The wind was coming from the south, so we tacked along in the shelter of the island’s shores as far south as we could to allow for the anticipated drift on the return journey. I felt entirely aware of my capabilities, and feared that I wouldn’t make it. As we neared our departure point, I knew that I had to survive. If I wasn’t going to make it back to the beach from which we had started, that was okay. I just had to reach the shore again, wherever that might be.

Leaving the island was the hardest part. Naturally, I didn’t want to leave the relative security of land behind. But to make it more difficult, we had wound up in a small inlet that offered a four foot wide exit. It was as if at least half the ocean was flowing through the rocky channel that we had to go through. On the far side, the water was about six inches higher. We had to paddle uphill against a very strong current. On the other side of the rocks you could hear waves crashing against the rocks.

Isaac went first and made it with relative ease. I paddled as hard as I could and got half way. It was like trying to get up the world’s fasted downward escalator while wearing roller blades. Halfway up I stopped moving forward. I paddled faster and dug as deep as I could. I reached the top and stopped moving forward again. I’m so tired. If I can’t get through here, I can’t cross to Victoria. I thought.

“I’m going back!” I yelled. I lifted my paddle over my head and shot backwards between the rocks, scraping the sides as I went. On the other side out of the rushing water, I couldn’t see Isaac. I listened to the waves and currents on the other side and felt panicked. A million thoughts went through my head. The most prominent thought was that I am too weak. Again. I calmed. I breathed. I exhaled every negative thought. I’m not weak. I decided.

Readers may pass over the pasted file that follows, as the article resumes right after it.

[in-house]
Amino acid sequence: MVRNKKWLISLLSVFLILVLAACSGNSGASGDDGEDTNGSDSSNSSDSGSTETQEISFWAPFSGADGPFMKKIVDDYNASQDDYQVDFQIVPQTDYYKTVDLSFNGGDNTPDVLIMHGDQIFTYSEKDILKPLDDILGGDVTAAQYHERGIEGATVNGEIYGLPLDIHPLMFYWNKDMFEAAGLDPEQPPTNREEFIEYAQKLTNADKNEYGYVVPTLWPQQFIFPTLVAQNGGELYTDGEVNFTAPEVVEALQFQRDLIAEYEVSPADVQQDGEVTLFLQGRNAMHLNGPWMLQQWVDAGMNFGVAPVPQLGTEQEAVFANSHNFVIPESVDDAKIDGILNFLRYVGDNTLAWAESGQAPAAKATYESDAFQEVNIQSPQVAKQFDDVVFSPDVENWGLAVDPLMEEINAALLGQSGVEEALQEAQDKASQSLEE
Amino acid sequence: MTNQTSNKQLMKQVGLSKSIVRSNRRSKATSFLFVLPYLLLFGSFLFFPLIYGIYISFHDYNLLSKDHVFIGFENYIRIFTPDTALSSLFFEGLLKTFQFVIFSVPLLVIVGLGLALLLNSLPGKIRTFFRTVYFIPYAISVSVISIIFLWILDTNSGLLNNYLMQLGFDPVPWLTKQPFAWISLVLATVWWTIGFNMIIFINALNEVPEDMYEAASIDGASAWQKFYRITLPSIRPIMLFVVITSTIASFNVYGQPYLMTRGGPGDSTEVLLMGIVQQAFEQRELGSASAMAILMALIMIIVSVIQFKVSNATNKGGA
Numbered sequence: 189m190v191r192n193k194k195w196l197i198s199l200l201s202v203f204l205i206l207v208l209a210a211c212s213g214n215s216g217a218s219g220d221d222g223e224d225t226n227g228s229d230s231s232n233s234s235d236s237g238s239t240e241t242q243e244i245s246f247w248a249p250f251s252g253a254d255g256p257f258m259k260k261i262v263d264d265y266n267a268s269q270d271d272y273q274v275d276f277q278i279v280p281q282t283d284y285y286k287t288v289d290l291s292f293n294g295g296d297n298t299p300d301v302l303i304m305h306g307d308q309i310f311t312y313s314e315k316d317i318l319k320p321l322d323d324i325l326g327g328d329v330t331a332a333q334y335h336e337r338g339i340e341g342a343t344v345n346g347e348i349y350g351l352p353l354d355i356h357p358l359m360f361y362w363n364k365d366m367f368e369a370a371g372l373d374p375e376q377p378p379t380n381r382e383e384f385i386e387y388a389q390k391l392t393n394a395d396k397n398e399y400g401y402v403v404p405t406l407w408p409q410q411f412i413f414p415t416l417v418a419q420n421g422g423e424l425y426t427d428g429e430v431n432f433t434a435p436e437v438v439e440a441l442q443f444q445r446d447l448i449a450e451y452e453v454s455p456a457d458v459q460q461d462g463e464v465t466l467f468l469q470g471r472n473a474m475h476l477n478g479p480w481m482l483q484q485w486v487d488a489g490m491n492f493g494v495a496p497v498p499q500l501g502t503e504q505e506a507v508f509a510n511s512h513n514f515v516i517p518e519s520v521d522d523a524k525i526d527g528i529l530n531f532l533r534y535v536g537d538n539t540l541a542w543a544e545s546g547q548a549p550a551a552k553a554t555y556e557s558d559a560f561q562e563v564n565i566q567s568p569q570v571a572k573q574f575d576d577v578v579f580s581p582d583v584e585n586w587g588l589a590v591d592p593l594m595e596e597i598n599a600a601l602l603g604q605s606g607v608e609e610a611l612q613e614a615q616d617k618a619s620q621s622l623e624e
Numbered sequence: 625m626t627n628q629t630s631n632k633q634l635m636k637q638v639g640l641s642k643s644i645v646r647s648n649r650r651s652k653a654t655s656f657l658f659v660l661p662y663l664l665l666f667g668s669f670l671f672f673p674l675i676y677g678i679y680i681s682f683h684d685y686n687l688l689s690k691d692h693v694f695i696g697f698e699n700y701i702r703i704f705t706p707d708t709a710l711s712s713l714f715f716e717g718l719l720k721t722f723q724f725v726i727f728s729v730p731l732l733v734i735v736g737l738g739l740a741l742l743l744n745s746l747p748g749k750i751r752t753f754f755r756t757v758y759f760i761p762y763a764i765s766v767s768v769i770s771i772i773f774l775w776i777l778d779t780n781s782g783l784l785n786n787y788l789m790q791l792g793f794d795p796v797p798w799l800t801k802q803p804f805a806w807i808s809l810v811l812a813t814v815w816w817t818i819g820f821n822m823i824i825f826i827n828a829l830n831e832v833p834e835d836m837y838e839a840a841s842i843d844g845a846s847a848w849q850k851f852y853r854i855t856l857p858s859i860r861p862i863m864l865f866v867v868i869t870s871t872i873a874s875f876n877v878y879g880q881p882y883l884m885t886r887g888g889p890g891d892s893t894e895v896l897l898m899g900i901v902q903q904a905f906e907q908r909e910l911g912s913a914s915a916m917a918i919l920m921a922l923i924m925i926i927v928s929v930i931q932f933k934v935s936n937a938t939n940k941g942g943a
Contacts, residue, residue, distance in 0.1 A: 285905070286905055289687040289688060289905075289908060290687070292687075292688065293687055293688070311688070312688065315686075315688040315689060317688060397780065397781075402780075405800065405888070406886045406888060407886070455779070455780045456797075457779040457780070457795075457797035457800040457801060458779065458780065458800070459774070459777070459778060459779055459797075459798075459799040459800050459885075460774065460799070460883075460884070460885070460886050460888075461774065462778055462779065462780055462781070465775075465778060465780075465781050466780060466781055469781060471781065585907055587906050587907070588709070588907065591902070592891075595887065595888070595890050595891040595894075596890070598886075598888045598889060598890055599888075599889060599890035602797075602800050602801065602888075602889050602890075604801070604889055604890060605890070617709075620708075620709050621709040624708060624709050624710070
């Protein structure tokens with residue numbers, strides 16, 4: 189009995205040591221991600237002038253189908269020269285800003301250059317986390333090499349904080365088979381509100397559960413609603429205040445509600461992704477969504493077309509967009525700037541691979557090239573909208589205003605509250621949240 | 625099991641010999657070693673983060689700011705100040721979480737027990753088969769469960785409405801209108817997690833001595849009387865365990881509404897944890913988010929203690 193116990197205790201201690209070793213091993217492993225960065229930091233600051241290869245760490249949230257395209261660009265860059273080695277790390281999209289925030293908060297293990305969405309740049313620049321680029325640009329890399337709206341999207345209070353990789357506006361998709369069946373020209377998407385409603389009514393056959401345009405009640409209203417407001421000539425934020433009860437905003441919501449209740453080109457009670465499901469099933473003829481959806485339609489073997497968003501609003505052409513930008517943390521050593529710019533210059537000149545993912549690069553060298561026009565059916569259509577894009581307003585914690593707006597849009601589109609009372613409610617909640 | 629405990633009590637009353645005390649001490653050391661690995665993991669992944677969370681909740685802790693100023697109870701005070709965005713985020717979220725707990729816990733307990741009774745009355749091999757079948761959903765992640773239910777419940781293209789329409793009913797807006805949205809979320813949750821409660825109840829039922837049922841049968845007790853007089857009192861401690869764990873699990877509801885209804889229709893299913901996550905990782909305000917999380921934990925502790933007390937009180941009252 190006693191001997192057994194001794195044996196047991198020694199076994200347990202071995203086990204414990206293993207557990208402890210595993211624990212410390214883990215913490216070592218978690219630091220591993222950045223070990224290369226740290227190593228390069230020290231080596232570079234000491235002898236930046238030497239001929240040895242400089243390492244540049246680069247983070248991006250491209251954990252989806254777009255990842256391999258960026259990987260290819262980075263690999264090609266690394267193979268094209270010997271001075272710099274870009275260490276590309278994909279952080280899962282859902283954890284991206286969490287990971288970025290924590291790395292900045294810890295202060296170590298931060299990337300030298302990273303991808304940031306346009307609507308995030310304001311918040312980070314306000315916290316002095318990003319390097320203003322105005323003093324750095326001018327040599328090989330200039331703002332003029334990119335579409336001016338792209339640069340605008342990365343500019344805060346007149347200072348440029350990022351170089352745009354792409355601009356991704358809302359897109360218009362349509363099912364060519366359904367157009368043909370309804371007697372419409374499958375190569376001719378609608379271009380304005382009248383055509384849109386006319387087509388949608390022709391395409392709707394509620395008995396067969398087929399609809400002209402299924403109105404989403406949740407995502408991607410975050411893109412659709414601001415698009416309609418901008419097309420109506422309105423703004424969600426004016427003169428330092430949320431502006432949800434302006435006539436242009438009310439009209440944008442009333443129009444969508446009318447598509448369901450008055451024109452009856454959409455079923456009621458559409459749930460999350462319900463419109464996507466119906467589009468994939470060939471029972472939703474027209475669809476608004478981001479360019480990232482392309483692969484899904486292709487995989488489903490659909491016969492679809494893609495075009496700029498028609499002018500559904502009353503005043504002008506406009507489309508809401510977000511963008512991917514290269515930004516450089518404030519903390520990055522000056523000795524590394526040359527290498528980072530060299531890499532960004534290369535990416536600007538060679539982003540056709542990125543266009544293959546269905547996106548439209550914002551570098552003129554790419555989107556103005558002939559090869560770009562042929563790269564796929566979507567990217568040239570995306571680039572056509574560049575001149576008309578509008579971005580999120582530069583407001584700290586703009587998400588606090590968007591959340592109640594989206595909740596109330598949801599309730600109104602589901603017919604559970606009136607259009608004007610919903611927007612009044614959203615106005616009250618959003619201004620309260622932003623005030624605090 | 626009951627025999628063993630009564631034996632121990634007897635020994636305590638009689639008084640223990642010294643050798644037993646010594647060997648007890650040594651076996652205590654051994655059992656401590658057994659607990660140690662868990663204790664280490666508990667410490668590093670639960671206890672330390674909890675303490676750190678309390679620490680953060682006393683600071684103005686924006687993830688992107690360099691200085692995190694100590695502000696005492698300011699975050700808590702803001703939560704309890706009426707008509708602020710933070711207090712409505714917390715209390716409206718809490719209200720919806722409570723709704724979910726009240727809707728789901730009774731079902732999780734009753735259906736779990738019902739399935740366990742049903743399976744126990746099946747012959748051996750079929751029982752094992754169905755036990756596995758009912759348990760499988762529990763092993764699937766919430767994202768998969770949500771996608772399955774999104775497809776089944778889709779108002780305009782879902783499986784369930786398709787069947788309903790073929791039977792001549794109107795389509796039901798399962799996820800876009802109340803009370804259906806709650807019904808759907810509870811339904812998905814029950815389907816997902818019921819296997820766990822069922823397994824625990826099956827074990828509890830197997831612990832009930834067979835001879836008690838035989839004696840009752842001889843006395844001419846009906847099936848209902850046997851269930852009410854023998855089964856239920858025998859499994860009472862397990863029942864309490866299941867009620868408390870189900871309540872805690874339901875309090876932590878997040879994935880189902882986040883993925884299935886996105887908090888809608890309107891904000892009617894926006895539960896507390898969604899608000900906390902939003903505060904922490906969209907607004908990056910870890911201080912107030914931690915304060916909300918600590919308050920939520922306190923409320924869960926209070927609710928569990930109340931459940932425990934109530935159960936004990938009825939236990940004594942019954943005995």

I paddled as hard as I could and made it through. I dug deep and my shoulders screamed at me, but I made it.

We continued into the sea and I watched as waves crashed over the bow of my boat and into my chest. It wasn’t as bad as we had anticipated though. We relaxed. We still had a long, hard effort paddling into the head wind, but now I felt I could make it.

A sense of familiarity suddenly came over me. I could see the finish line from the second we left the island and I had the wind against me. From riding on the open prairies of Manitoba I knew the effort it could take to fight the wind towards a finish line that you could see for hours. I remembered my ride with Terry last August and how much I suffered. This was similar. Like then, I would survive this time too.

We did. We got back to shore. As soon as it was over, it was funny. We had been ambitious, and in danger, but perhaps it wasn’t as extreme as it had seemed.

Kissing the beach. Happy to be on land.

Kissing the beach. Happy to be on land.

We drove home and it felt almost surreal to be in a car, on a road. The last 2-3 hours, I realized, were a near- perfect mirror of where I find myself right now.

When I started riding my bike, hail didn’t matter. Everything was fun and I was determined. When the going got tough, I could always push on. Turning around when nothing was in my favour was never an option. Eventually, when I started to anticipate what was to come, I began to fear for my future. My anxiety started getting in the way. At some point, I forgot how to breathe. Now though, I’ve gathered myself. I’ve made it through the roughest water, and I’ve learned to breathe.

We spend so much time and energy fearing something before it happens. We become absorbed by the anticipation. We lose focus on the task at hand when we start to worry about something else. I made it yesterday because I realized that I could only take one step at a time. To get to the island required my undivided focus on paddling. I couldn’t fear the return trip before I completed the outbound leg.

I will try to save my fear of the scary moments for when they happen. I won’t be afraid of the future until it is the present.

Will Smith says it well:

I strongly suggest reading Sarah Outen's brilliant books "Dare to Do" and "A Dip in the Ocean".

Giving time for my sea legs to adjust to being off the boat. Just realized that the Bay looks super calm here...

Giving time for my sea legs to adjust to being off the boat. Just realized that the Bay looks super calm here...